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Corporate America and the Founding Fathers

ThaChozenWun
ThaChozenWun Members Posts: 9,390
edited December 2010 in The Social Lounge
So everyday I'm going to try and create a thread that will trigger intelligent discussion and debate. I got alot to do tomorrow so I'll drop this one now.

As you look at America now you see that it is a completely corporate nation. Our corporations now own the government and have essentially created a monopoly by purchasing and owning multiple brands of companies. So much so were are now seeing companies beginning to own banks. We are now a nation that is a corporate oligarchy. Personally I believe that this is the result of capitalism, which type of capitalism is another topic being there are many types. But capitalism, a system that our founding fathers put into place. So let me ask a few questions.

1.) Did the founding fathers know what capitalism really was or what it could turn into?

2.) Do you think they were anti-corporation, or pro corporation?

I believe that they were anti-corporation and did not have a solid understanding of what their system would turn into.
Thomas Jefferson speaking on the first attempt to establish a central bank in America:

"The system of banking is a blot left in all our Constitutions, which, if not covered, will end in their destruction. I sincerely believe that banking institutions are more dangerous than standing armies; and that the principle of spending money to be paid by posterity is but swindling futurity on a large scale."

"The end of democracy, and the defeat of the American revolution will occur when government falls into the hands of the lending institutions and moneyed incorporations."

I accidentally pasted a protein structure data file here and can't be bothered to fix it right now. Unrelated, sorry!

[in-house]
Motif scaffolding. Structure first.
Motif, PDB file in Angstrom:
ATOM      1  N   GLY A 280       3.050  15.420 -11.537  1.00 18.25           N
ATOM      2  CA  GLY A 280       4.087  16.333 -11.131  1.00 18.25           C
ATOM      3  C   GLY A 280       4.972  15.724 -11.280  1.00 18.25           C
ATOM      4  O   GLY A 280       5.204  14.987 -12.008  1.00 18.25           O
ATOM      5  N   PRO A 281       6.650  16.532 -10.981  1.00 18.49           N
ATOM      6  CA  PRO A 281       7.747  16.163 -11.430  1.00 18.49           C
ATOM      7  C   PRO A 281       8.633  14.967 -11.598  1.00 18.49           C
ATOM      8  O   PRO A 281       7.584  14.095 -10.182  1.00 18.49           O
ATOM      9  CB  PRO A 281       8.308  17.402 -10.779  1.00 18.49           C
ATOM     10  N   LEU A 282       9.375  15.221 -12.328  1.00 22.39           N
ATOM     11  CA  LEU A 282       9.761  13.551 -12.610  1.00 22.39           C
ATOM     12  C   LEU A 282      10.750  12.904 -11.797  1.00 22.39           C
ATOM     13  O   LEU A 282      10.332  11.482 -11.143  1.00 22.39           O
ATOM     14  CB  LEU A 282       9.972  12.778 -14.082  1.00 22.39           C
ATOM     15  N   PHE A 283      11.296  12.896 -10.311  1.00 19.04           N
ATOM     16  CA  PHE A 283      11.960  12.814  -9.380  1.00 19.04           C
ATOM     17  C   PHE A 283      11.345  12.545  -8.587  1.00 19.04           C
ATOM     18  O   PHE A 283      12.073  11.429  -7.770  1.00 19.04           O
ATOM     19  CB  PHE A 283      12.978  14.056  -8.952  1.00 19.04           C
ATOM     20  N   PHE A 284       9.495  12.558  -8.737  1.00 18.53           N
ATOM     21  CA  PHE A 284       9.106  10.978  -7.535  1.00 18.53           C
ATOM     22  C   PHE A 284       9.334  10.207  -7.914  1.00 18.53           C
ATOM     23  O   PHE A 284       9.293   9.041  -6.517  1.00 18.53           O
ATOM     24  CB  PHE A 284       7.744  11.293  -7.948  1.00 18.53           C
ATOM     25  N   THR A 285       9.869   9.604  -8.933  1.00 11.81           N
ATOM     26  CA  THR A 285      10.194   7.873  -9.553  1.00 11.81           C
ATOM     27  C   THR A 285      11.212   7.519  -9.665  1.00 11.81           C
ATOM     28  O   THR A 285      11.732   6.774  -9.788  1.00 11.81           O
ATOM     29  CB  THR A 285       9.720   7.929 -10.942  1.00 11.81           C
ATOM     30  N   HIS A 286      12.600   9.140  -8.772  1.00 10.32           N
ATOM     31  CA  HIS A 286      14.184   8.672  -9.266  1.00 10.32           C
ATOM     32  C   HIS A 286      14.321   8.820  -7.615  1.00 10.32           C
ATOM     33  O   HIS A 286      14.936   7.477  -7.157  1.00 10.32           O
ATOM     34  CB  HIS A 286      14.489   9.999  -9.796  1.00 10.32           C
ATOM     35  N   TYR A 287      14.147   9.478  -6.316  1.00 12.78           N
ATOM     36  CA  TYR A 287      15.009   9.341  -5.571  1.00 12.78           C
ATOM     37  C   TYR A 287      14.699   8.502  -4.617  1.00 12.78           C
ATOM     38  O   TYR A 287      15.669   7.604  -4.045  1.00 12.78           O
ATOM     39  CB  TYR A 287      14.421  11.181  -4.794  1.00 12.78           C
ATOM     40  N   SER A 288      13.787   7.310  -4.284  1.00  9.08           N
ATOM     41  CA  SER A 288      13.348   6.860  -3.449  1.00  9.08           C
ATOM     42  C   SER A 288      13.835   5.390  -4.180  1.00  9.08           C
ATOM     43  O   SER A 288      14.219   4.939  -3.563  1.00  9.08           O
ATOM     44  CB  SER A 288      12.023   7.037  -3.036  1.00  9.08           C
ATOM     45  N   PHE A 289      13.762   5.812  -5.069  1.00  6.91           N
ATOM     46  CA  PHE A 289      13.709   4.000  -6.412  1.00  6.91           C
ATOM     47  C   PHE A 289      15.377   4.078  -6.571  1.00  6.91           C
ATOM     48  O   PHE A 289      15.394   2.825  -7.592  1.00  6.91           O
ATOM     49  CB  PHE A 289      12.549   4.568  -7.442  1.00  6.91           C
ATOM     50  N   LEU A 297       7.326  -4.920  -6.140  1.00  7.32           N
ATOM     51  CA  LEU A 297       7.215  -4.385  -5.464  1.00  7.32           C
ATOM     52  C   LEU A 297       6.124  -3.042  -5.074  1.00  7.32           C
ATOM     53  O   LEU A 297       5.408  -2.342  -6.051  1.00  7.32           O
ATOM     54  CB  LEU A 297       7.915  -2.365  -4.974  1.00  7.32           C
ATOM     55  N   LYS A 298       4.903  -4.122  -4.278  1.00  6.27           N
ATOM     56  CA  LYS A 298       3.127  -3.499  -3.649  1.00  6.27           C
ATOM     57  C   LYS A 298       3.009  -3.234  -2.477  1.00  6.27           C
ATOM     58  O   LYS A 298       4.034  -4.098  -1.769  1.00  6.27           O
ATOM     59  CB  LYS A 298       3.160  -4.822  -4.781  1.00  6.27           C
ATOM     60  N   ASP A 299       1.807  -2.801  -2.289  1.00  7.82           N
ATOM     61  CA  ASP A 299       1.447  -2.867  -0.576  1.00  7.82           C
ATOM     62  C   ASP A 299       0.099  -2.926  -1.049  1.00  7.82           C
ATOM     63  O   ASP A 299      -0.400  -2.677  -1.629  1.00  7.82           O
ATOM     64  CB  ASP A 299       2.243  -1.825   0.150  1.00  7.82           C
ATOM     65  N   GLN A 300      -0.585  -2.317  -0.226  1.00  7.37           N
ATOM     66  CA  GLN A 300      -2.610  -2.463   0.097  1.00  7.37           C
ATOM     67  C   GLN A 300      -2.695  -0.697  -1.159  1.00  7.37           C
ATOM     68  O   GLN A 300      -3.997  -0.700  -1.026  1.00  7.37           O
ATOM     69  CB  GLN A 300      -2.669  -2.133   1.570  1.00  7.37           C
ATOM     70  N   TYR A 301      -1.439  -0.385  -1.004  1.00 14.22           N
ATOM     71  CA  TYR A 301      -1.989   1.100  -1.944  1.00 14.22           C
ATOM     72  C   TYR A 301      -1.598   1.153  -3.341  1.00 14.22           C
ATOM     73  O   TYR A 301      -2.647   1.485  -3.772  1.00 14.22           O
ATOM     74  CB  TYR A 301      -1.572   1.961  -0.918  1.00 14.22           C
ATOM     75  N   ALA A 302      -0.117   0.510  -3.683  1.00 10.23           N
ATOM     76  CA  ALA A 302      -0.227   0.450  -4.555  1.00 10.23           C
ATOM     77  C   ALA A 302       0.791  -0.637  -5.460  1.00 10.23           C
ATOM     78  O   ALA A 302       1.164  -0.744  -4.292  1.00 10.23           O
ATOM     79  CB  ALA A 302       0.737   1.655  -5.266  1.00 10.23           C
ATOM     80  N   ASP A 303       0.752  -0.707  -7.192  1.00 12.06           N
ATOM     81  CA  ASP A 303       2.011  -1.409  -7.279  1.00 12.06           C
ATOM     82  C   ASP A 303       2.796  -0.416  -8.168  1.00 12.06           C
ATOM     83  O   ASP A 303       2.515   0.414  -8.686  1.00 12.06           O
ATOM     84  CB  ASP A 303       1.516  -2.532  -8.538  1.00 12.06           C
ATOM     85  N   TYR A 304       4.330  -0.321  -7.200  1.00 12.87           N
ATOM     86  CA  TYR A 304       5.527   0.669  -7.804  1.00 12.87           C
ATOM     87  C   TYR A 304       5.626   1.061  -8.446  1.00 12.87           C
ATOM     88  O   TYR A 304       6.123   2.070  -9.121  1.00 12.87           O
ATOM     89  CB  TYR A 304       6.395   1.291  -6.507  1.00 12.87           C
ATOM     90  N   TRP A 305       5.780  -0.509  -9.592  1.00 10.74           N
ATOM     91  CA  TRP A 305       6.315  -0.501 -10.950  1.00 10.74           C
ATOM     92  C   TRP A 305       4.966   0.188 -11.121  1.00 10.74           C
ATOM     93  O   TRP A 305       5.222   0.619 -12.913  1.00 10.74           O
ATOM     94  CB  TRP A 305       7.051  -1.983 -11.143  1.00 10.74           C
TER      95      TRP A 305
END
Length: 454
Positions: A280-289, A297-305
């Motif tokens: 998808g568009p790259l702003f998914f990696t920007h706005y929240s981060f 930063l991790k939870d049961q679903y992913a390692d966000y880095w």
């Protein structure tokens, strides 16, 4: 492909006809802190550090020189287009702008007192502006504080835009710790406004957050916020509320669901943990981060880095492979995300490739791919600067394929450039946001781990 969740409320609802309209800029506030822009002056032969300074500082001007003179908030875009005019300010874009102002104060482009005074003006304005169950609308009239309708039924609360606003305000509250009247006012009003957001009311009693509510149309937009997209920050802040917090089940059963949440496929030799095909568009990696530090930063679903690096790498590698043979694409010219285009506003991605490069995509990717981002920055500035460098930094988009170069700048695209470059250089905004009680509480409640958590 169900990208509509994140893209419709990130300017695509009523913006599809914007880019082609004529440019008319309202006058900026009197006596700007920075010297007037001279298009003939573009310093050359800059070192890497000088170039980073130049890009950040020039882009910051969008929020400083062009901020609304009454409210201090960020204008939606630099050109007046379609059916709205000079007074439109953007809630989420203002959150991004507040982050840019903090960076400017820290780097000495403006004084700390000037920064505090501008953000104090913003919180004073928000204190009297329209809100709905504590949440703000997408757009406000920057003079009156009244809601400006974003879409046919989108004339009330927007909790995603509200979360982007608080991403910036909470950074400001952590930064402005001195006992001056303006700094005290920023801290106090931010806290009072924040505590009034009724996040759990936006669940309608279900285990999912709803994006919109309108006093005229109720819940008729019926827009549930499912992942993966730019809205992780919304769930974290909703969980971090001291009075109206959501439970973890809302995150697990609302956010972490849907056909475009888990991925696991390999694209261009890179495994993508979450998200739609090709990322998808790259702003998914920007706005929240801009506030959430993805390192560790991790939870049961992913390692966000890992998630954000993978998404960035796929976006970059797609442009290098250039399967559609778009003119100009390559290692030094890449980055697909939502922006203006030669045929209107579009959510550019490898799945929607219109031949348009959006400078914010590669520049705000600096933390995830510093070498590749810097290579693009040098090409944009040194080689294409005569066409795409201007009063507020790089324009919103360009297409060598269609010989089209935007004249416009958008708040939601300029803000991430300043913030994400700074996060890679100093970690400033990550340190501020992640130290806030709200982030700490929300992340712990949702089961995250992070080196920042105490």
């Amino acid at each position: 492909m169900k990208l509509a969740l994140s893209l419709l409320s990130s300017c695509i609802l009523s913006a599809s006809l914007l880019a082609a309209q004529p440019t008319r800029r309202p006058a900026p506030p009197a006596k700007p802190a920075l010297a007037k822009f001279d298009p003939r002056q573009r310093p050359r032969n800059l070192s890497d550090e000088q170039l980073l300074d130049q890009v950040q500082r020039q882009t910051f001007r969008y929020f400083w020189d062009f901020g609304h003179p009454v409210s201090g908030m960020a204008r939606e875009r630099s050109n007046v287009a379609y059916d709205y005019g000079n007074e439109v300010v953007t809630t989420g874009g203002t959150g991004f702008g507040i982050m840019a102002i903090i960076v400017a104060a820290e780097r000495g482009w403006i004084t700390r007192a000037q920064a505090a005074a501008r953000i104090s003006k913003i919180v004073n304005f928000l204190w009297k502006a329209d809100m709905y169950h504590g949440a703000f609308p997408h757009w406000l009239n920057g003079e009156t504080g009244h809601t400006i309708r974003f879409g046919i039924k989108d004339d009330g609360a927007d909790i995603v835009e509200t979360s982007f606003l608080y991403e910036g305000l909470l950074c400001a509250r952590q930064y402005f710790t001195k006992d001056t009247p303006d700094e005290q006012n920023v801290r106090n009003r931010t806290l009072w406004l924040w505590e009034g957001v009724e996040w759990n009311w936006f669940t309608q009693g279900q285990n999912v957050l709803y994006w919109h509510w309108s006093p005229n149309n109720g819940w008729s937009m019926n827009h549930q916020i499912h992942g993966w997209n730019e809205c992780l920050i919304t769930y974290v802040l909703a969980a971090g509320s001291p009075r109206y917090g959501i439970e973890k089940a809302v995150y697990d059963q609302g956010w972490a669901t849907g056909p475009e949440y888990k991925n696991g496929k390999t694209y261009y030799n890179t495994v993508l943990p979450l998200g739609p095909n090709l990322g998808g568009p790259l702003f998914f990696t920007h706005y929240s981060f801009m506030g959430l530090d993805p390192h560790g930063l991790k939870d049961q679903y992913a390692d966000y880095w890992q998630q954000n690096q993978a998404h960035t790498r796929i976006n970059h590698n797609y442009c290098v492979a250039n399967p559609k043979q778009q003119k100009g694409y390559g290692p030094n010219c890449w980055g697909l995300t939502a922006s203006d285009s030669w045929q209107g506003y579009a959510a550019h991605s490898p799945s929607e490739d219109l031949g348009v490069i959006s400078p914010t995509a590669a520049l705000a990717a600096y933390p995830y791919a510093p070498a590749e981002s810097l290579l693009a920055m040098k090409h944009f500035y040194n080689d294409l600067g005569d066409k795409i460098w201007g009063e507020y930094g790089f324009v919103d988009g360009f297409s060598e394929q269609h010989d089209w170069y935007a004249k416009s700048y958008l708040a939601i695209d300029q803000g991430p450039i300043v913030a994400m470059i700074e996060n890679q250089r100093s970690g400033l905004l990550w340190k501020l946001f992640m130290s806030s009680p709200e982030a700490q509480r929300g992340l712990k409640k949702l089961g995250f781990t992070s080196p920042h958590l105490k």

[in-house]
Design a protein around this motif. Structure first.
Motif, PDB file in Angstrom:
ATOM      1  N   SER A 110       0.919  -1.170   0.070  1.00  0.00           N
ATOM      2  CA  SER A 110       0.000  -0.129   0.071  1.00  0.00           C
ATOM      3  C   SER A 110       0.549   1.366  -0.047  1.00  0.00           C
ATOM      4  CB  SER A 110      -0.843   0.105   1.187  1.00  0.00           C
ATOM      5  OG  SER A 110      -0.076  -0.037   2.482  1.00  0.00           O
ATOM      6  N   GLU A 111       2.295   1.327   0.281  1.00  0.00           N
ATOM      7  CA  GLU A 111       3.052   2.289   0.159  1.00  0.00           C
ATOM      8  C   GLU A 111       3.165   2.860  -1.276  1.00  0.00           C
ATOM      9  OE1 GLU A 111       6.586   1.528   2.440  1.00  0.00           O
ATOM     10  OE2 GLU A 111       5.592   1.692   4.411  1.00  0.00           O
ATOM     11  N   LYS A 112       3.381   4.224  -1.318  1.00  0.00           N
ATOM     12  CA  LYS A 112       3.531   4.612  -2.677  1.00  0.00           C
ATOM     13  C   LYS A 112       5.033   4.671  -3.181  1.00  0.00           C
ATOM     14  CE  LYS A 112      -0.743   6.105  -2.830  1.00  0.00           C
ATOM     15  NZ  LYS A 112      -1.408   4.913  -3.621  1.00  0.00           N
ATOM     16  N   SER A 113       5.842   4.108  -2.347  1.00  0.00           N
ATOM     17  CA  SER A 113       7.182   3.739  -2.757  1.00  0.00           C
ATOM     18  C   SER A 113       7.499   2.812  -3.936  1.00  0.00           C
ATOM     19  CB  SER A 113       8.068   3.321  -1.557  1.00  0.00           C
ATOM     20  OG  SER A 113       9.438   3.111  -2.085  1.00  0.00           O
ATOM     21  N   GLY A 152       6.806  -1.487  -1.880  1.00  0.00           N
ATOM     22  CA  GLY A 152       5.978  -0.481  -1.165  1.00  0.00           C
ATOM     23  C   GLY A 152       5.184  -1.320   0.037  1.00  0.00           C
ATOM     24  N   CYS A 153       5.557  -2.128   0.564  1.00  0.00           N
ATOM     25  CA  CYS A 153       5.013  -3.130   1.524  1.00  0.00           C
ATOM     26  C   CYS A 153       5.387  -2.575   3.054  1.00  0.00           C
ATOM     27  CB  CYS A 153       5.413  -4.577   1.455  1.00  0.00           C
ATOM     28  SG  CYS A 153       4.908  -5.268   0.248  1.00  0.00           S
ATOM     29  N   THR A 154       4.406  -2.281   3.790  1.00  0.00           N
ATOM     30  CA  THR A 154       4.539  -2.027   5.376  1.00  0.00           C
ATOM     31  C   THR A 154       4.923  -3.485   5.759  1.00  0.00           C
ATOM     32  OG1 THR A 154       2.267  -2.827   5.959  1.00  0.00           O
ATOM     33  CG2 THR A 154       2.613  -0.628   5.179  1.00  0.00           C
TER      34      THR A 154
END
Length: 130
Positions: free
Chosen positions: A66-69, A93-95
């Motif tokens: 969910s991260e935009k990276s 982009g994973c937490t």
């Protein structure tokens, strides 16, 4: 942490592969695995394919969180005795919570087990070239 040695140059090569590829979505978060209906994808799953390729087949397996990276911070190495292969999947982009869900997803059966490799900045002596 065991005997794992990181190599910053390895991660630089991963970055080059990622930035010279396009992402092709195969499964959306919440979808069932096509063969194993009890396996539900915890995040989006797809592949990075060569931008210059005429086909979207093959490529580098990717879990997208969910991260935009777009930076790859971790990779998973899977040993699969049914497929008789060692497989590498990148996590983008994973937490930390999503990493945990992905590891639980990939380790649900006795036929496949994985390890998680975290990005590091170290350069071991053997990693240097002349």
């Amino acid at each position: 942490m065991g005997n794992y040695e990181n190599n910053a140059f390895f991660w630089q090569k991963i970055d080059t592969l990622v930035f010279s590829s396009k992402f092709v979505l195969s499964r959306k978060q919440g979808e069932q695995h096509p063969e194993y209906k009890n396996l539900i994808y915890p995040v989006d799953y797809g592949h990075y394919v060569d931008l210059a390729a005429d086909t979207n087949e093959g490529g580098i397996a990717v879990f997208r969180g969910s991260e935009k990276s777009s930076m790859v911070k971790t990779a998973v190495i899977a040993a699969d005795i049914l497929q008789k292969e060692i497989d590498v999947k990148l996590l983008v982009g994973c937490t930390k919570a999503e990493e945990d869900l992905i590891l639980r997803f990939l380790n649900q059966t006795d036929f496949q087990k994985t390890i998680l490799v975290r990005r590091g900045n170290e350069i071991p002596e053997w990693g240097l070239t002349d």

"If the people ever allow the banks to issue their currency, the banks and corporations which will grow up around them will deprive the people of all property, until their children wake up homeless on the continent their fathers conquered."
Sam Adams
"If ye love wealth greater than liberty, the tranquility of servitude greater than the animating contest for freedom, go home from us in peace. We seek not your counsel, nor your arms. Crouch down and lick the hand that feeds you; and may posterity forget that ye were our countrymen."
Mischief springs from the power which the moneyed interest derives from a paper currency which they are able to control, from the multitude of corporations with exclusive privileges... which are employed altogether for their benefit.
Andrew Jackson

We have had high ranking politicians warn us of what was taking place.
On the eve of his becoming Chief Justice of Wisconsin's Supreme Court, Edward G. Ryan said ominously in 1873,

"[There] is looming up a new and dark power... the enterprises of the country are aggregating vast corporate combinations of unexampled capital, boldly marching, not for economical conquests only, but for political power.... The question will arise and arise in your day, though perhaps not fully in mine, which shall rule --wealth or man [sic]; which shall lead --money or intellect; who shall fill public stations --educated and patriotic freemen, or the feudal serfs of corporate capital...."


Laws against corporations.
** corporations were required to have a clear purpose, to be fulfilled but not exceeded. [10]

** corporations' licenses to do business were revocable by the state legislature if they exceeded or did not fulfill their chartered purpose(s). [11]